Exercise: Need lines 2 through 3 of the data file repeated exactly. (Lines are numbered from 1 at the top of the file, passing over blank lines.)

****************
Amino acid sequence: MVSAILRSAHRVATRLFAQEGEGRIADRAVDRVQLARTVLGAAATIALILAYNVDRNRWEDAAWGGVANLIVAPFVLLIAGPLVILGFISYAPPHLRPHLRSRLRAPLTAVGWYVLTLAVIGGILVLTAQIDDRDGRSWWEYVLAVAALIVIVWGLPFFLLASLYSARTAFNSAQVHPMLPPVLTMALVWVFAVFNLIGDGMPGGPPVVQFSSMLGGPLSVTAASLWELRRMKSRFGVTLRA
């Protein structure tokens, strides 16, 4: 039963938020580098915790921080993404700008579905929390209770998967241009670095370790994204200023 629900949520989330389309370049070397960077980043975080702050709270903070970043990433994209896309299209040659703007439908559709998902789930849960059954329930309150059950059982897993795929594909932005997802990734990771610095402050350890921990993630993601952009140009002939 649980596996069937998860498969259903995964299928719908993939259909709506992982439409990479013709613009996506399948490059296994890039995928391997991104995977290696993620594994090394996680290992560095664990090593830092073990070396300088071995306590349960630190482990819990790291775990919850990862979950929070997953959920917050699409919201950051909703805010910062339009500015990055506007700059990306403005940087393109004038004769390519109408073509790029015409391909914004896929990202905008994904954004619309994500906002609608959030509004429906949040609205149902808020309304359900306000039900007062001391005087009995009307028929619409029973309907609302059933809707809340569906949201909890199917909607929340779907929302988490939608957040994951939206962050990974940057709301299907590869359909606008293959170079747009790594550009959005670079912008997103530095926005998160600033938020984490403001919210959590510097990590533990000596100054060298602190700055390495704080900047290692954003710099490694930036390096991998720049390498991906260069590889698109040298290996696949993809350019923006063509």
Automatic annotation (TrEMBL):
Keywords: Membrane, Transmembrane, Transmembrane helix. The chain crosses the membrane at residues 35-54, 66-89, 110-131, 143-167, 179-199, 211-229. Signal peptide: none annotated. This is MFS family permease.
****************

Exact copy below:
């Protein structure tokens, strides 16, 4: 039963938020580098915790921080993404700008579905929390209770998967241009670095370790994204200023 629900949520989330389309370049070397960077980043975080702050709270903070970043990433994209896309299209040659703007439908559709998902789930849960059954329930309150059950059982897993795929594909932005997802990734990771610095402050350890921990993630993601952009140009002939 649980596996069937998860498969259903995964299928719908993939259909709506992982439409990479013709613009996506399948490059296994890039995928391997991104995977290696993620594994090394996680290992560095664990090593830092073990070396300088071995306590349960630190482990819990790291775990919850990862979950929070997953959920917050699409919201950051909703805010910062339009500015990055506007700059990306403005940087393109004038004769390519109408073509790029015409391909914004896929990202905008994904954004619309994500906002609608959030509004429906949040609205149902808020309304359900306000039900007062001391005087009995009307028929619409029973309907609302059933809707809340569906949201909890199917909607929340779907929302988490939608957040994951939206962050990974940057709301299907590869359909606008293959170079747009790594550009959005670079912008997103530095926005998160600033938020984490403001919210959590510097990590533990000596100054060298602190700055390495704080900047290692954003710099490694930036390096991998720049390498991906260069590889698109040298290996696949993809350019923006063509």
Automatic annotation (TrEMBL):